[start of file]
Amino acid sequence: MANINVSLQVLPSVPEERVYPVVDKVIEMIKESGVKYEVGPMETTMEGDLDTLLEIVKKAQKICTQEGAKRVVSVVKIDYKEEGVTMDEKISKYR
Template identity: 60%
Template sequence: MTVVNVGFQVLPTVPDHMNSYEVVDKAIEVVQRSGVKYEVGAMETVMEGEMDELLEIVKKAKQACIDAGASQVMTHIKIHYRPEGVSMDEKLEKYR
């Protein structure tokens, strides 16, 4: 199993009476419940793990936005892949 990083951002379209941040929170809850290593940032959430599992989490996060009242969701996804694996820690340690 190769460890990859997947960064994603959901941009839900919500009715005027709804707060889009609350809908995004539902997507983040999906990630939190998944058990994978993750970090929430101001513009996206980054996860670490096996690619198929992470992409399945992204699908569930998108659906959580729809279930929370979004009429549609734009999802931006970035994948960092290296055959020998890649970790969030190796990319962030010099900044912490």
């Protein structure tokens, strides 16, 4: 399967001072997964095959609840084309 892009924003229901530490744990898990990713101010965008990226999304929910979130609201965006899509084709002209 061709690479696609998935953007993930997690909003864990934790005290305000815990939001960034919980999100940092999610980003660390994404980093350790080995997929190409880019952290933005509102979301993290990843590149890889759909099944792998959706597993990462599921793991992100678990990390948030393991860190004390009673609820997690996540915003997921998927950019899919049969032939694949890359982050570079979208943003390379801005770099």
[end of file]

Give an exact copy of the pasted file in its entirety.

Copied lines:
Amino acid sequence: MANINVSLQVLPSVPEERVYPVVDKVIEMIKESGVKYEVGPMETTMEGDLDTLLEIVKKAQKICTQEGAKRVVSVVKIDYKEEGVTMDEKISKYR
Template identity: 60%
Template sequence: MTVVNVGFQVLPTVPDHMNSYEVVDKAIEVVQRSGVKYEVGAMETVMEGEMDELLEIVKKAKQACIDAGASQVMTHIKIHYRPEGVSMDEKLEKYR
């Protein structure tokens, strides 16, 4: 199993009476419940793990936005892949 990083951002379209941040929170809850290593940032959430599992989490996060009242969701996804694996820690340690 190769460890990859997947960064994603959901941009839900919500009715005027709804707060889009609350809908995004539902997507983040999906990630939190998944058990994978993750970090929430101001513009996206980054996860670490096996690619198929992470992409399945992204699908569930998108659906959580729809279930929370979004009429549609734009999802931006970035994948960092290296055959020998890649970790969030190796990319962030010099900044912490």
């Protein structure tokens, strides 16, 4: 399967001072997964095959609840084309 892009924003229901530490744990898990990713101010965008990226999304929910979130609201965006899509084709002209 061709690479696609998935953007993930997690909003864990934790005290305000815990939001960034919980999100940092999610980003660390994404980093350790080995997929190409880019952290933005509102979301993290990843590149890889759909099944792998959706597993990462599921793991992100678990990390948030393991860190004390009673609820997690996540915003997921998927950019899919049969032939694949890359982050570079979208943003390379801005770099």